Why Labor and Delivery Nurses Are The Real Heroes
All too often L & D nurses are bashed relentlessly. As with any profession, there are a few bad apples, but they get a bad rap in general. And, I think it may be due to a lack of understanding or appreciation for all the work they do.
I’ve been a practicing doula for about 3 years, and my success is built on the steady support, nurture, and guidance I have received from L & D nurses since my very first birth. For instance, they have taught me how:
· to unplug the monitors to help a mom get up and use the restroom or move around,
· to understand different decelerations and things to look for on the monitors, as well as understanding other hospital equipment and how it works- something overlooked in doula training!
· to use the bed stirrups like a peanut ball when there isn’t one readily available to get mom comfortable while she labors down
· that an alcohol pad will work when I forget my peppermint oil for nauseous moms, or a towel or sheet in place of a rebozo
Their nurturing has involved providing me with lots of towels, sheets, washcloths, and blankets. Some have made up the pull-out bed for me during a long birth so I could catch a nap. They have made constant trips for ice when I couldn’t get it myself. They have placed warm blankets over me when the room was too damn cold, and I was trying unsuccessfully to use my rebozo as a sweatshirt.
Now, take everything I just said and multiply it times 10 and that’s what a nurse does for every one of their patients. Sometimes the nurse is performing all of these tasks for 3 or more patients at once. Between charting and emergency cesareans, mothers with high-risk pregnancies, pre-term infants, and much more, these women try their damnedest to honor every part of the patient’s birth plan even though they are being pulled in many directions by doctors and patients in various stages of labor. Also, 99 percent of the time, they are following a doctor’s orders even when the physician isn’t in the building. Many birth professionals mistakenly think nurses can really control outcomes, but the reality is doctors gets the final say no matter what the nurse wants or advocates.
So, if the nurse appears to be short with you, please keep in mind that she might be rushing to the next room to the mom whose mid-uterine rupture on her attempted VBAC. The medical team has exactly 11 minutes to get the baby out via cesarean. Trust me, she isn’t trying to avoid you; rather, she is simply doing her best to make sure all patients have a safe and sound delivery while following 375 hospital policies and procedures that makes her job a lot harder to balance than we realize.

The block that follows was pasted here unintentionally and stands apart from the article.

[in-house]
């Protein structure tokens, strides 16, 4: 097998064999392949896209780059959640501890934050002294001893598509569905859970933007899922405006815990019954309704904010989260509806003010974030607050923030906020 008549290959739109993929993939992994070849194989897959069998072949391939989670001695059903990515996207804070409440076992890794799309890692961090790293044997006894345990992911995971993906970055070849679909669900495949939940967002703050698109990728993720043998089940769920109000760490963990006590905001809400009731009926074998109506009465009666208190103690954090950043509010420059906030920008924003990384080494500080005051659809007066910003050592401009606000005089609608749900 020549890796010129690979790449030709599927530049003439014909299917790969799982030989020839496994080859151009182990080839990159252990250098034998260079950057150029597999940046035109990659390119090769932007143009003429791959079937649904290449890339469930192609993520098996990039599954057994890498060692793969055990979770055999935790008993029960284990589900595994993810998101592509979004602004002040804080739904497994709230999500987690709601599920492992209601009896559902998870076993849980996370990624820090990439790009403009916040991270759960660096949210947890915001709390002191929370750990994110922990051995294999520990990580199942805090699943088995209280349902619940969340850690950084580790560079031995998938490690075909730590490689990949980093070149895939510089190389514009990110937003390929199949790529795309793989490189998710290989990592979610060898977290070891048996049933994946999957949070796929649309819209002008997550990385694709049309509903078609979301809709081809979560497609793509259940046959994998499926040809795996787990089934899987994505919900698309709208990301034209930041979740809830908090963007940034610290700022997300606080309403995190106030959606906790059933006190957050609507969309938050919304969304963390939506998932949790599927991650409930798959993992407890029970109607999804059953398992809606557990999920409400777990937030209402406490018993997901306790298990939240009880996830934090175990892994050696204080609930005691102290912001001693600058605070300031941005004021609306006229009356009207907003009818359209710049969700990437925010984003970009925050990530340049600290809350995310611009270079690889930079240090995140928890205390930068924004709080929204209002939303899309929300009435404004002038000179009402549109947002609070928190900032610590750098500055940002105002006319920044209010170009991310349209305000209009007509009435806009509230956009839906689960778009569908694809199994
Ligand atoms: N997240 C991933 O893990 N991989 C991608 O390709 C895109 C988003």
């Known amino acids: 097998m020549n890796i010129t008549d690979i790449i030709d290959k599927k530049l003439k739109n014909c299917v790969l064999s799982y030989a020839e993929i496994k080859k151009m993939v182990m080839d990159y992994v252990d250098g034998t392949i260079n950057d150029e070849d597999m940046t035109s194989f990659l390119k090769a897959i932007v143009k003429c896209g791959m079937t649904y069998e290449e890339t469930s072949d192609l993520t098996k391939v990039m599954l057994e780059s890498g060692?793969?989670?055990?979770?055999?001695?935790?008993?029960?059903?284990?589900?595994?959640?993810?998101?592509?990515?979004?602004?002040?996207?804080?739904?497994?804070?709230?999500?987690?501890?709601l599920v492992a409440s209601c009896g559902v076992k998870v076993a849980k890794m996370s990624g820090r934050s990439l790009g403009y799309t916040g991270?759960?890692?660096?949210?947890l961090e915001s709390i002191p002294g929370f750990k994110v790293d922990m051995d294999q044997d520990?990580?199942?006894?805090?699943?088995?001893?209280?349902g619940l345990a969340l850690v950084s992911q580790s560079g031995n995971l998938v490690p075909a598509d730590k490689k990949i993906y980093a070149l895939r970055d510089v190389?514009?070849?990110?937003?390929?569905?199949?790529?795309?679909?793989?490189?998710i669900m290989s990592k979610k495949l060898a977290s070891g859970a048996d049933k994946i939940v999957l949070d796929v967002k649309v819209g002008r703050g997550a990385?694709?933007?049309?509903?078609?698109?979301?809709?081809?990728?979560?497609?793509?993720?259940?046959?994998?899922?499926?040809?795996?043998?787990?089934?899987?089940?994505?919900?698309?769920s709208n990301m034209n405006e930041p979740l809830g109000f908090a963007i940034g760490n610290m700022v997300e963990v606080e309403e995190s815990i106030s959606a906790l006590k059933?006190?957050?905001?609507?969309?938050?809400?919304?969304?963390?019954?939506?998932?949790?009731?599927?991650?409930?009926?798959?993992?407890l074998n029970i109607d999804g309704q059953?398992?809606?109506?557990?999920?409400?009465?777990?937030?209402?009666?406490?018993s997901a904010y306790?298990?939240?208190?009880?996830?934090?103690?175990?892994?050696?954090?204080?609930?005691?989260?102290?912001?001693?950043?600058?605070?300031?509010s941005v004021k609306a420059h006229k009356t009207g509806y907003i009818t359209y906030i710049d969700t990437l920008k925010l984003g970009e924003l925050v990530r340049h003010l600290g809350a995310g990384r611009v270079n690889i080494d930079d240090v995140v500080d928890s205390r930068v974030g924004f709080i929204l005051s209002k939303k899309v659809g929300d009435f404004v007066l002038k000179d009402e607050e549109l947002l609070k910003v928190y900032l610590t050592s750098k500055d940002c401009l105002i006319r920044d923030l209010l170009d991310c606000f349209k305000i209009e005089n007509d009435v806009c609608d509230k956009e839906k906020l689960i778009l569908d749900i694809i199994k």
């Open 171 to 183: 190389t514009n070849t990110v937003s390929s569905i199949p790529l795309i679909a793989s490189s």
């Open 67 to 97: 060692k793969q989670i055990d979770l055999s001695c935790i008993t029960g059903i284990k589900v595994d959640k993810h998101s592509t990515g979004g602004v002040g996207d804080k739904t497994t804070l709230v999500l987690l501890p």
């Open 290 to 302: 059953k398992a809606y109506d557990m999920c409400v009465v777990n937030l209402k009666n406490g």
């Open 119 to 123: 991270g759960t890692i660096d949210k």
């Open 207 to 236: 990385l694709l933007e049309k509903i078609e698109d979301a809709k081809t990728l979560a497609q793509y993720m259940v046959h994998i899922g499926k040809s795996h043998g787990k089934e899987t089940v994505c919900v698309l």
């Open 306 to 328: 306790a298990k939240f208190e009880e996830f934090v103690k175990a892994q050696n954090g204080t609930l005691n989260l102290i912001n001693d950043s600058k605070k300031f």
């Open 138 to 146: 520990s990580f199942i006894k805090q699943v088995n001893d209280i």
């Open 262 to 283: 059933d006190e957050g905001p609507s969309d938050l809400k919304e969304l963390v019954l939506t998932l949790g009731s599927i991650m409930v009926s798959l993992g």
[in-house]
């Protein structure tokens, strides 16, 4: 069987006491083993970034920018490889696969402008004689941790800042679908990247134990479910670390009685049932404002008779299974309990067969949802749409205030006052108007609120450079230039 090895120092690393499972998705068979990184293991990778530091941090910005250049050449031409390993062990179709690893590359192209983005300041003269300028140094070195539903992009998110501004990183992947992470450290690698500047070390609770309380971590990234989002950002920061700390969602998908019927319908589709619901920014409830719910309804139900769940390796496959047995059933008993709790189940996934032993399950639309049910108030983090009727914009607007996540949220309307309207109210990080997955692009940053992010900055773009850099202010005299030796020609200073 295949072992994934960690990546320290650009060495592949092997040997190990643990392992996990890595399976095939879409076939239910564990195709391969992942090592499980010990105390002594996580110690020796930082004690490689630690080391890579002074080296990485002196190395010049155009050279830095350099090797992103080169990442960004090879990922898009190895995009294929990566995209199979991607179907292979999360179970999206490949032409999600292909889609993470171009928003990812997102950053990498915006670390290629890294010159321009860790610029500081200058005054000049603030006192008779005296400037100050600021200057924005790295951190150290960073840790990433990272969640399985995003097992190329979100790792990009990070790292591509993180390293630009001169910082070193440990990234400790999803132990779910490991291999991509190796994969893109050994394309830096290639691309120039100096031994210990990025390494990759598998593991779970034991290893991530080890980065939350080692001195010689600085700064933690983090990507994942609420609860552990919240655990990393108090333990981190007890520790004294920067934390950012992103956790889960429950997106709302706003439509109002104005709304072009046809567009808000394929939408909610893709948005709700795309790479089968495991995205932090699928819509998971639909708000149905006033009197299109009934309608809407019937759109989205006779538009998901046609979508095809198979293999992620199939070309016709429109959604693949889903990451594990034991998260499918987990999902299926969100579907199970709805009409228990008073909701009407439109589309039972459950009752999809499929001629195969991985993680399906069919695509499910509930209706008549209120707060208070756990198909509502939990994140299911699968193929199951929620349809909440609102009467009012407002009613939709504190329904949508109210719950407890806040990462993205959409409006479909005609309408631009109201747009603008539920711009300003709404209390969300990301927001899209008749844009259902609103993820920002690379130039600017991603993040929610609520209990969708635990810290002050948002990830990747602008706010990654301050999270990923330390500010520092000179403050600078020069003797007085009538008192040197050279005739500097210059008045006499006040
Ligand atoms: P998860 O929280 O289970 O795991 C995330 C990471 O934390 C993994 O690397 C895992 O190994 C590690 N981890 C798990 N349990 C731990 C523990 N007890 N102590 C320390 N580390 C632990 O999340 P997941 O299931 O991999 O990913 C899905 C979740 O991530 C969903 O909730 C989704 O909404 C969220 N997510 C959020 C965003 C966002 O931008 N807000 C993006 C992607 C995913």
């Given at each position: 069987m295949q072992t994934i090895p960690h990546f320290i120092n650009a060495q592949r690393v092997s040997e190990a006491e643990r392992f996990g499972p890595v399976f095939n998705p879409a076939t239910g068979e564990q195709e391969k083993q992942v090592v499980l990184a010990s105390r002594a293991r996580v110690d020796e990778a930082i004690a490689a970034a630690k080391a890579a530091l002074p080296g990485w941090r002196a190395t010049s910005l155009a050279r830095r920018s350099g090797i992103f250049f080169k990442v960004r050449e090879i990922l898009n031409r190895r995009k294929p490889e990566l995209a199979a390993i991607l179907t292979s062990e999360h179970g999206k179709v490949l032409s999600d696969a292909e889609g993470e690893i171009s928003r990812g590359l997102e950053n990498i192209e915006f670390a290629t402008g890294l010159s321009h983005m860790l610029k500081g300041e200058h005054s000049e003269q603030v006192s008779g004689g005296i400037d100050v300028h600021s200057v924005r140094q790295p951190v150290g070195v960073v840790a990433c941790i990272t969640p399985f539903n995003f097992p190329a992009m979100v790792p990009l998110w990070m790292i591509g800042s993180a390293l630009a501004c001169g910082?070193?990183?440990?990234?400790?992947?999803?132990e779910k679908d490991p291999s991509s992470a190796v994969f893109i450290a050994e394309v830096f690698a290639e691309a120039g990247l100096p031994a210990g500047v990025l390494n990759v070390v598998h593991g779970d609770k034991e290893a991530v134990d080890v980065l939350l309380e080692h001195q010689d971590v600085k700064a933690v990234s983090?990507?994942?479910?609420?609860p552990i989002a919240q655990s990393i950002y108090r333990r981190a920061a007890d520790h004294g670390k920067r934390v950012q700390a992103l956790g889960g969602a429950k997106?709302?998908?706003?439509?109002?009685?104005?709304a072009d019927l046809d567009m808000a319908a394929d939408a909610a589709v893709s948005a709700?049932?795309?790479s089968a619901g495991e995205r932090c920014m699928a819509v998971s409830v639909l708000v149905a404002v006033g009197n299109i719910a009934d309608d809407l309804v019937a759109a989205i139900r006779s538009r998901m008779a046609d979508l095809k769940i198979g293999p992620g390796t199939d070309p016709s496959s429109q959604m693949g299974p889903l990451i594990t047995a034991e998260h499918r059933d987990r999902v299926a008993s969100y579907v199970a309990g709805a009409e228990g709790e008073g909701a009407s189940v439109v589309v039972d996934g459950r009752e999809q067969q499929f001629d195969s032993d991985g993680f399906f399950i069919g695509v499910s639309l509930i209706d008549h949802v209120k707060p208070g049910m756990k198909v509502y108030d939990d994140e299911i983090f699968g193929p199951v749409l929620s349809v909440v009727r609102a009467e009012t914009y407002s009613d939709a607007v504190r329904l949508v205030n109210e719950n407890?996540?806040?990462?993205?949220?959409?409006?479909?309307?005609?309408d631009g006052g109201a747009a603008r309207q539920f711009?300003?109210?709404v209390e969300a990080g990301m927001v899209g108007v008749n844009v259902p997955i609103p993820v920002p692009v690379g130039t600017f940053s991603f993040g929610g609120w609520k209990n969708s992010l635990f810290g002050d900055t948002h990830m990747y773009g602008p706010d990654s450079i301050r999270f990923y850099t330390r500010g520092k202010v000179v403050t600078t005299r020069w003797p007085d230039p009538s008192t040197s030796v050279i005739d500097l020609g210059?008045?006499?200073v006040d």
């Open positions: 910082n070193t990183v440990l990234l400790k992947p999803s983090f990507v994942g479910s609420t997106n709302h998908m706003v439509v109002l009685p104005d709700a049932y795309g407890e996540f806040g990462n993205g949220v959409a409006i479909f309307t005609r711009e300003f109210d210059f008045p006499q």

Believe me, no one wants the patient to have the birth of her choice more than the nurse. Nurses don’t like rushing the patient back for a cesarean. They get no joy out of patients having an episiotomy. They surely don’t want the patient to experience a 3rd or 4th degree tear. Nurses don’t receive financial incentives when patients have unhealthy birth experiences. If you don’t believe me ask any of them. They would much rather see the patient have an easy healthy delivery and quick recovery, if for no other reason than it makes their job easier.
Some words from some AWESOME L&D Nurses I know:
“I went into nursing to help people, I love helping people Although it becomes very frustrating when I am doing what I am educated, trained and 19 years experienced in doing to help people and someone acts like I am the enemy. I have one objective when I clock in..... to have healthy moms and healthy babies and smiles on everyone's faces. Good outcomes, no matter how they have to happen.
Sometimes I feel as if there is a good side and bad side to labor and delivery when patients come with a birth plan or doula.... When we work together on the same side, working as part of one team together for that family- the outcomes can be absolutely beautiful. We all have one common goal, and we have the best jobs working to bring new life into this world! Know that your nurses are on your side- we just also have the obligation to keep everyone healthy and safe.”
“I’ve always told my patients to tell me what their wishes are in private and I will do my best to accommodate them. Even if it’s being the “bad guy” and kicking unwanted family members out of the delivery room.” -Taylor, FL
“I would like everyone to know that the desire to give outstanding, compassionate care to every single patient is deep-rooted in the heart and soul of nearly every labor and delivery and postpartum nurse out there. We care about your story, your plans and desires surrounding your birth, and your emotional well-being. One of the biggest goals I have in caring for my patients is working with her other care providers and birth supporters as a well-rounded team to keep mom and baby happy, healthy, and without a traumatic experience. When everyone can have open communication during this cherished time, the better the outcome will be for mom, baby, and family.“ -Sarah, FL
”I wish my patients knew how invested i become in their birth story. How many times I've also cried silent tears of frustration when the birth doesn't go as planned or happy tears of joy when you meet your little one. I wish you knew how outside the doors of your room I'm polling all the seasoned and new nurses for any tips to help you get the best possible care. I wish you knew that sometimes we are balancing joy for you with the utter heartbreak of loss in the room next to you- and yes. Many times I am the nurse for you both. So don't take it too personal if I'm occasionally a bit subdued. I wish you knew how often I think of you and wonder how motherhood is treating you. My job can be complicated but the,patient's who truly open themselves up and let us in to be a part of their story make it so very worth the effort.” -Tiffany, FL